somebody or something that is impossible or very difficult to change
Here is one of my personal favorites as it relates to one of my favorite characters, the Saiyan Prince Vegeta


: flagrantly wicked or impious : EVIL
synonym see VICIOUS
- ne·far·i·ous·ly adverb

This is a good thread whereas an adept vocabulary is absent in the youth of today.

I'm not conveying that all youth has no knowledge of a dictionary just that they do not seem to care.
Here's a word we can all relate to from time to time!

schadenfreude (noun)


Pleasure derived from the misfortunes of others.


1. A slaughterhouse.
2. Something likened to a slaughterhouse: “The hand of God and mankind's self-inflicted blows seem equally heavy... giving a strong cumulative impression of the world as an abattoir” (Manchester Guardian Weekly).
Funny Word of the Day:

foofaraw (noun)


1. Excessive or flashy ornamentation.
2. A fuss over a trifling matter.

Word: gregarious
1.Seeking and enjoying the company of others; sociable.

2.Tending to move in or form a group with others of the same kind: gregarious bird species.

3.Botany. Growing in groups that are close together but not densely clustered or matted.

1.gre·gari·ous·ly adv.
2.gre·gari·ous·ness n.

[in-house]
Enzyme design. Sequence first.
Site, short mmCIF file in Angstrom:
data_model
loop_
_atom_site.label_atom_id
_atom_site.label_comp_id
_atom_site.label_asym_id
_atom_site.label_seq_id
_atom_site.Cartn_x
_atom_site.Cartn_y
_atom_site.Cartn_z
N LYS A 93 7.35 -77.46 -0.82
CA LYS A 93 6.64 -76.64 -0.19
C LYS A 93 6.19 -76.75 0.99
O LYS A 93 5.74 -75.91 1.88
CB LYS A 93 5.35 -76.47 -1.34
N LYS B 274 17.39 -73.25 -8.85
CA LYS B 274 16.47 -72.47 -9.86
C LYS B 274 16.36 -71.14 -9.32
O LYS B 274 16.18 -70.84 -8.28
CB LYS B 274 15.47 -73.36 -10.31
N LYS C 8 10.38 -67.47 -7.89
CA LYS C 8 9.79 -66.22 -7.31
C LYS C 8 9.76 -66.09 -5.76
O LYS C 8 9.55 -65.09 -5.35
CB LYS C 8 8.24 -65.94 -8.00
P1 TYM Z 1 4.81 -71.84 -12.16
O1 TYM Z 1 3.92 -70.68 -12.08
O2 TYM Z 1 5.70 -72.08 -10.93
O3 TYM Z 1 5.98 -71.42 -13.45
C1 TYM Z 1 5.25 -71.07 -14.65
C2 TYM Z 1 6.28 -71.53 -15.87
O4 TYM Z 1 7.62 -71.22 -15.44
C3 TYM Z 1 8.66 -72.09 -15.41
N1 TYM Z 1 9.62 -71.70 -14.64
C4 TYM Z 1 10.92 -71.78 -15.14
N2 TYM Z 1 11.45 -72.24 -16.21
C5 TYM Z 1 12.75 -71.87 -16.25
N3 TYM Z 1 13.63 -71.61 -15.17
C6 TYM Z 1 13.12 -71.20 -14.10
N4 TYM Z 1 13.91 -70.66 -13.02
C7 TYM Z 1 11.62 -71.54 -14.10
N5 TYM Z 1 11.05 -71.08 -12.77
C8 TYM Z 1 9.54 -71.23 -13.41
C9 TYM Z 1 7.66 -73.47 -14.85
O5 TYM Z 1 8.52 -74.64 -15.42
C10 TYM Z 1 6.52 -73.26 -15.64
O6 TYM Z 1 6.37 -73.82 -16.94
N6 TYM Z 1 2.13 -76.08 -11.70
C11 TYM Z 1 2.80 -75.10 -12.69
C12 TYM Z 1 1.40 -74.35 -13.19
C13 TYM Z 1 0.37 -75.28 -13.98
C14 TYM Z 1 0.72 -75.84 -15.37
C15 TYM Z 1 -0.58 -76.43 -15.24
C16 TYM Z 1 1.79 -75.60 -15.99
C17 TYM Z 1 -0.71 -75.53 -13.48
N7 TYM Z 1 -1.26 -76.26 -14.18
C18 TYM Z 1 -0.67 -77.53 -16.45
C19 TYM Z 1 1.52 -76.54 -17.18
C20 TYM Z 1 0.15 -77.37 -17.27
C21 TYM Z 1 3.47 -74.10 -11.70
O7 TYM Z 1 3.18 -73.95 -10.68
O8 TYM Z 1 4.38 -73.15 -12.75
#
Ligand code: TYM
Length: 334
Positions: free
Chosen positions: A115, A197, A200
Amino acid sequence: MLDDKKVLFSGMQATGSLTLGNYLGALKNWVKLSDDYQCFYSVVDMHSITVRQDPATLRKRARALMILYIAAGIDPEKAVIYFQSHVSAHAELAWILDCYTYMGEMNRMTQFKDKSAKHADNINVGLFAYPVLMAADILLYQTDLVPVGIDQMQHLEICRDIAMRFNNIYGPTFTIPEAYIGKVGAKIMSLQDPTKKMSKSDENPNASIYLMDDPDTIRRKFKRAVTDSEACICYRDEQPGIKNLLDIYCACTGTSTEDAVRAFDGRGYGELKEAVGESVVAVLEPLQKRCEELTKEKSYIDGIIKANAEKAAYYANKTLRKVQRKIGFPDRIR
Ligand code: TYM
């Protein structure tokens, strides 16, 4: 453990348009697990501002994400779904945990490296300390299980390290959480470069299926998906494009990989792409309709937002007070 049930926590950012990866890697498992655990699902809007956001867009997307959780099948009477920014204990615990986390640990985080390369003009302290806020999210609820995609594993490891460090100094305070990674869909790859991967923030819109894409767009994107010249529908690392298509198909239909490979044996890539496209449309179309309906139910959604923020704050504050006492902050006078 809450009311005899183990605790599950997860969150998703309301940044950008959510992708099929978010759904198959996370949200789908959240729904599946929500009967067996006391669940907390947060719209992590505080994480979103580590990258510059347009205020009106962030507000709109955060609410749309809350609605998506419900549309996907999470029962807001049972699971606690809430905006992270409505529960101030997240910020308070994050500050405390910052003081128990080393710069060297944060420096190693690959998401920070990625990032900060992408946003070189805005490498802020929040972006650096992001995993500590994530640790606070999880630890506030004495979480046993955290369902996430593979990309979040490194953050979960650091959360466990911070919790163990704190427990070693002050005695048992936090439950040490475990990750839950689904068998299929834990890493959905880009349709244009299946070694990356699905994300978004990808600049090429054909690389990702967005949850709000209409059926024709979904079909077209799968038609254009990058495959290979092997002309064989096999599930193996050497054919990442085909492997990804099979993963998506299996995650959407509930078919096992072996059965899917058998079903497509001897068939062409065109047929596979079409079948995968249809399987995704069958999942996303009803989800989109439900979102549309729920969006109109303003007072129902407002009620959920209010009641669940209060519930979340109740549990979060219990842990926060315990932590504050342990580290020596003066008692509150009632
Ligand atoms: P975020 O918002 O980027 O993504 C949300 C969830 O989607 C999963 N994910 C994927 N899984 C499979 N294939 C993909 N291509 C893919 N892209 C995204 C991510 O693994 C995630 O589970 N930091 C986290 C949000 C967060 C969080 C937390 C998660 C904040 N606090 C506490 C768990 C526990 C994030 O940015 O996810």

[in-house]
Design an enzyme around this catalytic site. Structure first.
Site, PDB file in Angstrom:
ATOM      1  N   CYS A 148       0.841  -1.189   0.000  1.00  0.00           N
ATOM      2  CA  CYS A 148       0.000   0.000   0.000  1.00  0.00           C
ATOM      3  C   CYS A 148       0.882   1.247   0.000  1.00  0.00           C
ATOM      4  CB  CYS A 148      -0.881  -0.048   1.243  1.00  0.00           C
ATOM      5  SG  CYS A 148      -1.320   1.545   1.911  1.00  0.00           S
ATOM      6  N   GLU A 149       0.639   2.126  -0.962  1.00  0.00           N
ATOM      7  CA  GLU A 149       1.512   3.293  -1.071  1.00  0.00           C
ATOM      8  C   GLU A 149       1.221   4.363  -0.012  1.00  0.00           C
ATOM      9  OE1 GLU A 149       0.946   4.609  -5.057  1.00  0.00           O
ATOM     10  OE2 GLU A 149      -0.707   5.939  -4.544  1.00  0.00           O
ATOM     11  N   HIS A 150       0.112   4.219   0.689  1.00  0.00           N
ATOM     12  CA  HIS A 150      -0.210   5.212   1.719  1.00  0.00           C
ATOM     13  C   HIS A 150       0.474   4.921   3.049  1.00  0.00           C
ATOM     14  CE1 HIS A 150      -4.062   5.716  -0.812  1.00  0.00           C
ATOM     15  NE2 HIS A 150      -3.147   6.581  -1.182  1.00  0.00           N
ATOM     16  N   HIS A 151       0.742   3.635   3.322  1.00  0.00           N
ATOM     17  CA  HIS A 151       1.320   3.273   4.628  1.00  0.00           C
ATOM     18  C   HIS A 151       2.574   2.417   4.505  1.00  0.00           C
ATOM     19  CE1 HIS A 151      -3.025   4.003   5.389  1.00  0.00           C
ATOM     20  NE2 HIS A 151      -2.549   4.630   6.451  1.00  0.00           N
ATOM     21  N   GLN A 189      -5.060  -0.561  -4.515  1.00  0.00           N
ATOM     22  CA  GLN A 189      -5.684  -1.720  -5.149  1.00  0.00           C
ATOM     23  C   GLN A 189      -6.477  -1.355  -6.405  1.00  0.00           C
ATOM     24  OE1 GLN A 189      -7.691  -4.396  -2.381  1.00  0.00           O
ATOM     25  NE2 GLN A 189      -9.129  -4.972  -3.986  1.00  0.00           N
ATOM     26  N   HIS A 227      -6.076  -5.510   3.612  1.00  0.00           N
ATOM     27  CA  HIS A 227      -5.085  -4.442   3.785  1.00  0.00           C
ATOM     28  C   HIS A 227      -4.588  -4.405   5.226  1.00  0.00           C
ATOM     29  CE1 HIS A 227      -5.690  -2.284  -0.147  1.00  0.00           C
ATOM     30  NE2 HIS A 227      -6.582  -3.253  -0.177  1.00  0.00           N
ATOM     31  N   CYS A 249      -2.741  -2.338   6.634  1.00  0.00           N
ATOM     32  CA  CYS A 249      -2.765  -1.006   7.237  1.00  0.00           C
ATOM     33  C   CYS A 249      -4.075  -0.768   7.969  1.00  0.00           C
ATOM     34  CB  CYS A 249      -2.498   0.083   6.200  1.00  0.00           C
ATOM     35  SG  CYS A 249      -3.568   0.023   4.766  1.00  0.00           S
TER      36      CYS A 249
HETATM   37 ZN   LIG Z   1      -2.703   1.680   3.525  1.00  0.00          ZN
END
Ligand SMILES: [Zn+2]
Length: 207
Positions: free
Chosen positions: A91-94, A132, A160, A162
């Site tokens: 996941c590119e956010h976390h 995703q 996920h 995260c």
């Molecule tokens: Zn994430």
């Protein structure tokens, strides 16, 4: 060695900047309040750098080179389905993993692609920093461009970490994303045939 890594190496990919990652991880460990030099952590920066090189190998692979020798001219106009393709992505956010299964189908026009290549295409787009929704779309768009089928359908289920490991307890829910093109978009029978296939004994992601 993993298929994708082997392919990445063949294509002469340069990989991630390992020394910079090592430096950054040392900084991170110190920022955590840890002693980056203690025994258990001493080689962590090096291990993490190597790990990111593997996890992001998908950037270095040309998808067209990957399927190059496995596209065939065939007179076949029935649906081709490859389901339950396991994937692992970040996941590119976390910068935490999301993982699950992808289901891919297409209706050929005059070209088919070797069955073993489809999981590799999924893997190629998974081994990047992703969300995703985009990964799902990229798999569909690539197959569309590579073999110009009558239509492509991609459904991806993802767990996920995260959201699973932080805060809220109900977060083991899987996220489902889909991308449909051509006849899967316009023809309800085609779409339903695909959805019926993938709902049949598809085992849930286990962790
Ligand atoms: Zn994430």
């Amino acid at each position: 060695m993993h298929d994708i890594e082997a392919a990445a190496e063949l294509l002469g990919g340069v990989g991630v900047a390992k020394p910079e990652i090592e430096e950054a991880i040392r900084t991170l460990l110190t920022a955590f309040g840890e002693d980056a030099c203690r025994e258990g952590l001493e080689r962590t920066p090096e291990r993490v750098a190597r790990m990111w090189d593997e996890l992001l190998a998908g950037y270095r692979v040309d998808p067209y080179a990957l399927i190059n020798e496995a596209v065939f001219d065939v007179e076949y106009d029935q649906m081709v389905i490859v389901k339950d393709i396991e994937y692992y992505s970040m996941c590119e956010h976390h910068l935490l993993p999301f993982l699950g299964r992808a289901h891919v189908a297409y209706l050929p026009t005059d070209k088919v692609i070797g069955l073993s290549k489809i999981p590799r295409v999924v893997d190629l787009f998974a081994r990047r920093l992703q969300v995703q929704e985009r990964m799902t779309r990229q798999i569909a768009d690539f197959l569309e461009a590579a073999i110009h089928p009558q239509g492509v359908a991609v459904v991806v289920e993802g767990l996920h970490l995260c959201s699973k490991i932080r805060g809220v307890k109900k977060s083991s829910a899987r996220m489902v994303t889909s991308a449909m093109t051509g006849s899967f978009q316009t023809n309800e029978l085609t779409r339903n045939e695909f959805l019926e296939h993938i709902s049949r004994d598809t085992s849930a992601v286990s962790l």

Synonyms: affable, clubby, companionable, convivial, cordial, extroverted, fun, outgoing, sociable, social
succotash: okay, how many of you have said a la Sylvester the Cat, "Sufferin' Succotash!" and had no idea to what you were referring? laugh.gif

Derived from Narraganset msíckquatash boiled corn's lima or shell beans and green corn cooked together... mm..sounds...uh....tasty...

...not... huh.gif
Main Entry: anime
Pronunciation: 'a-n&-"mA, 'ä-nE-
Function: noun
Etymology: Japanese, animation, short for animEshiyon, from English
: a style of animation originating in Japan that is characterized by stark colorful graphics depicting vibrant characters in action-filled plots often with fantastic or futuristic themes
^ LOL!!!
haha...good word! laugh.gif
QUOTE(hagane_no_tokage @ Jan 7 2005, 02:22 PM)
^ LOL!!!

I agree. biggrin.gif

quid pro quo (noun)

An equal exchange or substitution. [derived from Latin]
funny..."the principal of quid pro quo in alchemy" just doesn't have the same ring in Aru's lil speech... laugh.gif

Word: alchemist

1. A practitioner of alchemy. who was versed in the practice of alchemy and who sought an elixir of life and a panacea and an alkahest and the philosopher's stone
QUOTE(hagane_no_tokage @ Jan 7 2005, 02:30 PM)
funny..."the principal of quid pro quo in alchemy" just doesn't have the same ring in Aru's lil speech...  laugh.gif

Haha, nor will it ever. wink.gif

masticate (verb)


1. To chew (food).
2. To grind and knead (rubber, for example) into a pulp.

Word of Advice = Do not use this word in public in spoken form. People will think you are saying something else. Click spoiler tag to see scenario:

Spoiler: (Click here to Display)

Don't let that happen to you, too, kids.
i remember learning that word in freshman english, our teacher said it and explained it and everyone thought it was the funniest damn thing... we started calling our teacher (mr. shirley) "Shirley the Masticator" and it stuck for the whole year. i bet mr. shirley was sorry he ever taught us that word... *laughs*